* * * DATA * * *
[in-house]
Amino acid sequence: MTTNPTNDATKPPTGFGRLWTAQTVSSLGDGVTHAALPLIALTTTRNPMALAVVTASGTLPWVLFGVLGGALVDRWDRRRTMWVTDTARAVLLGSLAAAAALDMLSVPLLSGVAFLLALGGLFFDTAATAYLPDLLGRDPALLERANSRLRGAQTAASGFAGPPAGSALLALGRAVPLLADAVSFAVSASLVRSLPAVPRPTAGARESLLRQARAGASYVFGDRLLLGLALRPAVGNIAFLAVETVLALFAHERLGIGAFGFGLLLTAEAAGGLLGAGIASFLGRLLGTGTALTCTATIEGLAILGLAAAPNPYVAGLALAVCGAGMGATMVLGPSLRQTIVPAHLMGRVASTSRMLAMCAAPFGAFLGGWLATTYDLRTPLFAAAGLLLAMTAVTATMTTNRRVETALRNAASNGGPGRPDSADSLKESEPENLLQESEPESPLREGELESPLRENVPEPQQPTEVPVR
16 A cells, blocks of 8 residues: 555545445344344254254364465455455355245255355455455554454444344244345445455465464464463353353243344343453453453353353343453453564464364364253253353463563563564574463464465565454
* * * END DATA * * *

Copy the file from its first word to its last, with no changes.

[in-house]
Amino acid sequence: MTTNPTNDATKPPTGFGRLWTAQTVSSLGDGVTHAALPLIALTTTRNPMALAVVTASGTLPWVLFGVLGGALVDRWDRRRTMWVTDTARAVLLGSLAAAAALDMLSVPLLSGVAFLLALGGLFFDTAATAYLPDLLGRDPALLERANSRLRGAQTAASGFAGPPAGSALLALGRAVPLLADAVSFAVSASLVRSLPAVPRPTAGARESLLRQARAGASYVFGDRLLLGLALRPAVGNIAFLAVETVLALFAHERLGIGAFGFGLLLTAEAAGGLLGAGIASFLGRLLGTGTALTCTATIEGLAILGLAAAPNPYVAGLALAVCGAGMGATMVLGPSLRQTIVPAHLMGRVASTSRMLAMCAAPFGAFLGGWLATTYDLRTPLFAAAGLLLAMTAVTATMTTNRRVETALRNAASNGGPGRPDSADSLKESEPENLLQESEPESPLREGELESPLRENVPEPQQPTEVPVR
16 A cells, blocks of 8 residues: 555545445344344254254364465455455355245255355455455554454444344244345445455465464464463353353243344343453453453353353343453453564464364364253253353463563563564574463464465565454